Limit lifting to 5 – 10 lbs. and avoid stooping and bending. Limit stairs unless absolutely necessary, and if needed, take them one at a time. For shoulder injections, lift no more than 20 lbs. for the first 2 weeks. Avoid excessive overhead or repetitive forward activities.
In the early weeks of regenerative healing, your body’s natural inflammatory process is creating a “scaffold” for the cells to bind. Therefore, no anti-inflammatory medications are recommended so the body can use its own inflammatory process to help with healing. Analgesic creams or gels (bio-freeze, Traumeel) can help with pain.
You can get into a pool once your injection site is healed (usually after 5 days). Walking in a pool is a nice way to get some motion and can unload the joints and be soothing. Use a kickboard, a buoy, or a noodle for support in the water.
Mild to moderate pain is acceptable for a few days, but severe pain is not. If your pain becomes severe or you cannot manage your pain with the above recommendations, you may call the office at 937-415-9100, ext. 331 for Sheila. Or, we have a walk-in clinic every day from 5-8pm, and Saturday 8-12 noon at 7677 Yankee Rd., Dayton, Oh. No appointment necessary. Finally, after 8pm you can call the hospital operator at 937-723-3200, and page the Orthopedic Associates of SW Ohio physician on call.
After a month or so, we may refer you to physical or massage therapy to provide gentle exercise and manual release. Cold laser, ultrasound, and electrical stimulation (TENS) are appropriate for pain management. You may wear a compressive brace or support during activity if it feels good, but do not wear it when sedentary.
Avoid repetitive loaded exercises such as stairs steppers, running, or weightlifting. You may walk, use an exercise bike or elliptical machine or swim/walk in the pool. These exercises have minimal compressive loading on the joints. Give the new stem cells time to implant themselves in the healing tissues. Proceed with caution – increase activity within pain limits.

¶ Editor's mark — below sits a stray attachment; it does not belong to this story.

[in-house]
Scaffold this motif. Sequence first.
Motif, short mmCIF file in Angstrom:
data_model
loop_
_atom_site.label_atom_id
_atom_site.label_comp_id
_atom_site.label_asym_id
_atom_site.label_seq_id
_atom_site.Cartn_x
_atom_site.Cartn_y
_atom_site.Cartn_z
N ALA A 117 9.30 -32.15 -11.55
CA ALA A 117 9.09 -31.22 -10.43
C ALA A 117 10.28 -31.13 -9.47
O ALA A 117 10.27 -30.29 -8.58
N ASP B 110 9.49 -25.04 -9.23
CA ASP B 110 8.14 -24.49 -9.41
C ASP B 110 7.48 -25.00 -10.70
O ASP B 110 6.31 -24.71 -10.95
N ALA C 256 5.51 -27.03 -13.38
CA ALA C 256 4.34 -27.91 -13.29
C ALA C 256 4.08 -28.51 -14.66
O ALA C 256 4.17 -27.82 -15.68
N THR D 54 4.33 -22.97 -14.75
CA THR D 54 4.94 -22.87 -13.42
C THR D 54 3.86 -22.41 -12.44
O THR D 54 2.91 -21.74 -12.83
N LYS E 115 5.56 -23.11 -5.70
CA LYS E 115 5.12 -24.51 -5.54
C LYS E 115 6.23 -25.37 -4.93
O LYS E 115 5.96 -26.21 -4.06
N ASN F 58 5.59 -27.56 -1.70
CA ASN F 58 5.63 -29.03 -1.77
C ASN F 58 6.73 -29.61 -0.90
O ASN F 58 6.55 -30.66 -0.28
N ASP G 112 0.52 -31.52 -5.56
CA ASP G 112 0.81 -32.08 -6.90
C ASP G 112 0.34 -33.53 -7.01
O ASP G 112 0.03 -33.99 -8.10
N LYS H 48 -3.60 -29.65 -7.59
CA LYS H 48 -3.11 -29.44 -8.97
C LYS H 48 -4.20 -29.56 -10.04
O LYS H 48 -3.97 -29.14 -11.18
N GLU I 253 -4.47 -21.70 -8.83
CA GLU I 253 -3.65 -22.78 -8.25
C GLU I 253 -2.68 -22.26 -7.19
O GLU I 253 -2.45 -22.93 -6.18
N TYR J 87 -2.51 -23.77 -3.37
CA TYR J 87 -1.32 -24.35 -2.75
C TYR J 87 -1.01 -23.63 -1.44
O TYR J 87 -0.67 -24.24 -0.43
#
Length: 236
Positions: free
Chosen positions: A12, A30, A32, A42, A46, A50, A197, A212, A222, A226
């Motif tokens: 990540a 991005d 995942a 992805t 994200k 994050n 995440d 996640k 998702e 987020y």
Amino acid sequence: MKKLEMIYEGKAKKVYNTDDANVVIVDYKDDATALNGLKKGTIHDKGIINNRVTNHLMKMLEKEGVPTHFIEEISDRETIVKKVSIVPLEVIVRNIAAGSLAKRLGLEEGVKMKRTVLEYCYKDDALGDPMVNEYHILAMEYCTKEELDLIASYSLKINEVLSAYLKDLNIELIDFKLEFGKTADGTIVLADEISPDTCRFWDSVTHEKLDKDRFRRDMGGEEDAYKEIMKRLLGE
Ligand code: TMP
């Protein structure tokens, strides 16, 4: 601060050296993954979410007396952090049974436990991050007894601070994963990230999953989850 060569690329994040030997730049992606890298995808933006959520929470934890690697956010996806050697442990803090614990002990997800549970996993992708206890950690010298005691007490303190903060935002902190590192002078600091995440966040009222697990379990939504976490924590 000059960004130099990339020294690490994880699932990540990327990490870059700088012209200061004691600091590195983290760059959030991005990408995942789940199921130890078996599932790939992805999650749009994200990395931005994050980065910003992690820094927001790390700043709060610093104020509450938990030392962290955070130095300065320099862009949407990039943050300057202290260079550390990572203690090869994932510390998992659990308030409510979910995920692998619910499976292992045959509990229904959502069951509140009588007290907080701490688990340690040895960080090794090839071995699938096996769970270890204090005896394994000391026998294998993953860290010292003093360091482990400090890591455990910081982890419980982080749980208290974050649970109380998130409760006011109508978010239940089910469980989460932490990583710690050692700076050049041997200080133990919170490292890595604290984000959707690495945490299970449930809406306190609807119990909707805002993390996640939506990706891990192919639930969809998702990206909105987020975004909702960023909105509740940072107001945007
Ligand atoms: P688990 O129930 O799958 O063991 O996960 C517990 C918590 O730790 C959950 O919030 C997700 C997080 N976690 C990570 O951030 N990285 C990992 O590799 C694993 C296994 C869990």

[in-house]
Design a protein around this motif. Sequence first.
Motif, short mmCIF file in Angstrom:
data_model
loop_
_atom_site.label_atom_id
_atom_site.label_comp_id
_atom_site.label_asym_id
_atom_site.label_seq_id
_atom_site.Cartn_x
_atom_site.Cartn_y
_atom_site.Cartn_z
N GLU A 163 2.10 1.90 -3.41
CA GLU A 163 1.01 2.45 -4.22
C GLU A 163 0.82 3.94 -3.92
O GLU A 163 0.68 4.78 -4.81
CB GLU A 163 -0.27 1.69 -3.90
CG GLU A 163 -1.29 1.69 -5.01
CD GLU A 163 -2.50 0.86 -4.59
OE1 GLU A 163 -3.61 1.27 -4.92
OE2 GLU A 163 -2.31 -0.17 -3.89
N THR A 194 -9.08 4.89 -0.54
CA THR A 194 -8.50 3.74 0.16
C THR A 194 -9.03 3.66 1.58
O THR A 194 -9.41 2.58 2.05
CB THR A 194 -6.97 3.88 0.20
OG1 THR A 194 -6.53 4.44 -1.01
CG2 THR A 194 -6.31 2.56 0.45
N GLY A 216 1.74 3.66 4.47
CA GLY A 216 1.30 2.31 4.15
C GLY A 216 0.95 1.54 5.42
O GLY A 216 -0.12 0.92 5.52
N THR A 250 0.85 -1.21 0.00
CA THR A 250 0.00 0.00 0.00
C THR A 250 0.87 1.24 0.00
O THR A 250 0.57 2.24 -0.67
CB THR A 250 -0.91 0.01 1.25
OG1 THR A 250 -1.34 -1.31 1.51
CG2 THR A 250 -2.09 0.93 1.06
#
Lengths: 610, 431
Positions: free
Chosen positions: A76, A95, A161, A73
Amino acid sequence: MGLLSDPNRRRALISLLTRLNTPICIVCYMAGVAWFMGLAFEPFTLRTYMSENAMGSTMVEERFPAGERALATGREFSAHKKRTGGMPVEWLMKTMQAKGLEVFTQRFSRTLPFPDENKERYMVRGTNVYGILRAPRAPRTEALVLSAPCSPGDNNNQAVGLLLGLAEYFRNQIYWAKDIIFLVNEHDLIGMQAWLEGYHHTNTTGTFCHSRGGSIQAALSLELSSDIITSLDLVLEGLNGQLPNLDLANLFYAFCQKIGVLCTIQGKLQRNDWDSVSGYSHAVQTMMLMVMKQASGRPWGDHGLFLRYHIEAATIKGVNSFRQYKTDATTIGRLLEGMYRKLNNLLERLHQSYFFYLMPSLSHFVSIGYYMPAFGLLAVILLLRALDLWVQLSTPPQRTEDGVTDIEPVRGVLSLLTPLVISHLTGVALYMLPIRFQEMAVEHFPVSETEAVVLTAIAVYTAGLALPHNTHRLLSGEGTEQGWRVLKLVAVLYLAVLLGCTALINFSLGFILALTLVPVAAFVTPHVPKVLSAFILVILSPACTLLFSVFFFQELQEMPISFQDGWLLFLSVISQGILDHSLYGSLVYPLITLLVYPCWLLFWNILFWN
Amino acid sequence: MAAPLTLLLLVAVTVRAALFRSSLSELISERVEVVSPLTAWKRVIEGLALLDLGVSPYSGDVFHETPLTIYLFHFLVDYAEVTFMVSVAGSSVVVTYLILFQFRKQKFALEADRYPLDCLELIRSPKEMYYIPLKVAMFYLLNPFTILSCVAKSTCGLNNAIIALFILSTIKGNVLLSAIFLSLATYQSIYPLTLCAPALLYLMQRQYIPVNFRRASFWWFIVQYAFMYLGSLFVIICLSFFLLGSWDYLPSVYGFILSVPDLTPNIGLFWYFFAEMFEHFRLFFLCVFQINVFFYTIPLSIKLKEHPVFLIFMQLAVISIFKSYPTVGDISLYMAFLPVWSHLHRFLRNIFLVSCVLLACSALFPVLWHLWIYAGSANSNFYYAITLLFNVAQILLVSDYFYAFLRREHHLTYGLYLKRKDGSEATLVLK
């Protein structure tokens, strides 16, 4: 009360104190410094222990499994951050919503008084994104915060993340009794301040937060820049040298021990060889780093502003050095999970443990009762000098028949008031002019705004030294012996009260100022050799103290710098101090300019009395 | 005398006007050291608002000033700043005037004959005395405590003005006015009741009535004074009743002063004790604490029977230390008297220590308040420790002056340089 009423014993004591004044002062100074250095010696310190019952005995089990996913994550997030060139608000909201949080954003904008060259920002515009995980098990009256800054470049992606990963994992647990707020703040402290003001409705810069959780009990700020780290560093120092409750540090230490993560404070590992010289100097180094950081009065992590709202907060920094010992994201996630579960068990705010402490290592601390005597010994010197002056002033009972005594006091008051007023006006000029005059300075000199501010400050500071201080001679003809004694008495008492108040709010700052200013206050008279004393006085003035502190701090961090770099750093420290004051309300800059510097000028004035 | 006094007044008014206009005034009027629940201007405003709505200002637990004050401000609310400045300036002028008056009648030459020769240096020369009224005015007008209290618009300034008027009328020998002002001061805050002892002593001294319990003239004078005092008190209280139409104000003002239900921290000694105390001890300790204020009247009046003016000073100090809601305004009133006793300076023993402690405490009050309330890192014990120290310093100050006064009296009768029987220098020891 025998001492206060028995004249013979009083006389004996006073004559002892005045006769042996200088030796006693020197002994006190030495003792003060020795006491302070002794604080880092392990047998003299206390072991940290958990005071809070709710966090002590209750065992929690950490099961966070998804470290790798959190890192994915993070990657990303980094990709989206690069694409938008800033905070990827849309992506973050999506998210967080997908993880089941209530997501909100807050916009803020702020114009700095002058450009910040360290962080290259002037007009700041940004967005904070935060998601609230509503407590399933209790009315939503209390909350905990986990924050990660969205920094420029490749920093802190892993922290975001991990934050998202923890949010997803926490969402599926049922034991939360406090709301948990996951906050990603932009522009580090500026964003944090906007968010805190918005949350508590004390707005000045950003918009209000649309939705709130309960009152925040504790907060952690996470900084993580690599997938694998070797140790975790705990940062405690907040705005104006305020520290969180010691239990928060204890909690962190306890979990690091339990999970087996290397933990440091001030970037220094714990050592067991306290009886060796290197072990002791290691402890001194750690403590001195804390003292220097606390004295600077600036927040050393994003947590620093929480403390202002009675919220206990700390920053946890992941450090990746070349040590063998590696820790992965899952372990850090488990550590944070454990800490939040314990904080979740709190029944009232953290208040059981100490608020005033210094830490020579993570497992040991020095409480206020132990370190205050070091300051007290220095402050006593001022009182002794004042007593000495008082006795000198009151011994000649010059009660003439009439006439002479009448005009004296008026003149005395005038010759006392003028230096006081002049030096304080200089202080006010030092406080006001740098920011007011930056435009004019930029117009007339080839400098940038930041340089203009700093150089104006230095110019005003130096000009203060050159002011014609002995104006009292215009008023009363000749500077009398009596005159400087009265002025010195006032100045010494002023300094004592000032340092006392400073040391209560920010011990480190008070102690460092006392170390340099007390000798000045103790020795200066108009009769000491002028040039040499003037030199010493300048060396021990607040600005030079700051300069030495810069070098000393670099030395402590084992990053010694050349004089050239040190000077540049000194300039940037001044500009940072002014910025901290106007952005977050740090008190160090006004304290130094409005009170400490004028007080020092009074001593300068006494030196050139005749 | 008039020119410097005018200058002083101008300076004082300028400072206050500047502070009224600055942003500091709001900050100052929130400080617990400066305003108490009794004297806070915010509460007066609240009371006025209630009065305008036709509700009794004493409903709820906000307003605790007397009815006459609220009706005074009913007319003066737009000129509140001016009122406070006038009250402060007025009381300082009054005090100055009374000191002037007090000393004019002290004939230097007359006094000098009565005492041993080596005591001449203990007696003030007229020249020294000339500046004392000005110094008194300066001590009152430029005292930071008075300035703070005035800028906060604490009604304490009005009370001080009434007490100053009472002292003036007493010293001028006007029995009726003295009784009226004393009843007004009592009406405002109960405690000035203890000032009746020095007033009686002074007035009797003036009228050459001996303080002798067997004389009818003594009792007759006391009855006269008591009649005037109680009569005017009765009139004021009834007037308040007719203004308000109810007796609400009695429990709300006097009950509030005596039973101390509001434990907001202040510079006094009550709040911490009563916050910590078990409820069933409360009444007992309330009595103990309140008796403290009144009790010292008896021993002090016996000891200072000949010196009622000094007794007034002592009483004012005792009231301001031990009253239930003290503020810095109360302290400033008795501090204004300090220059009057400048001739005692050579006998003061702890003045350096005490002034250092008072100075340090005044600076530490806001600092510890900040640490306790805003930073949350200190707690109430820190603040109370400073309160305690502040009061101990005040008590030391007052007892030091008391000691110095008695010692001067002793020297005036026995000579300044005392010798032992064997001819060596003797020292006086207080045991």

Maintain normal range of motion with gentle exercise. Yoga, stretching, mat Pilates, tai chi, and easy walking are perfect.
Continue to manage inflammation with ice and pain medications as directed if needed. If your pain persists and doesn’t to other medication and treatments, you may begin taking anti-inflammatories, but avoid them if you can.
Most patients will notice some benefits 4 – 6 weeks out from the procedure. Shoulders, knees, and ankle feel better the fastest. Hips may take longer, so be patient. Usually the most dramatic benefits occur between 3 – 4 months, as 80% of your improvement should occur by this time. The additional 20% improvement from the procedure usually comes between 3 – 6 months.
You may initiate light running on even terrain, a treadmill, or track. Avoid shearing, uneven terrain and hiking or difficult inclines. You may continue core stabilization exercises and begin increased resistance with weight lift – but still BE CAUTIOUS! Avoid compressive exercise, such as overhead press, calf raises with weights on the shoulders, squatting and prone hamstring curls. No kettle balls or clean and jerk activities.
If you are experiencing pain, back off activities and continue to ice.
Weeks 7 & 8
As long as you’re not having pain you can slowly progress to your normal workout, but NEVER to the point of pain in the injected area. Continue to increase core and joint strengthening for optimal stabilization.
Months 3 – 6
The stem cells are at the peak of healing potential. Help them help you by not overdoing it. Walking, biking, yoga, stretching and light weights are appropriate. Be careful with distance running. Continue to use caution with compressive activity, twisting, planting and pivoting, and overhead activities.
If you feel very little benefit after 3 months, you may consider a booster injection with PRP.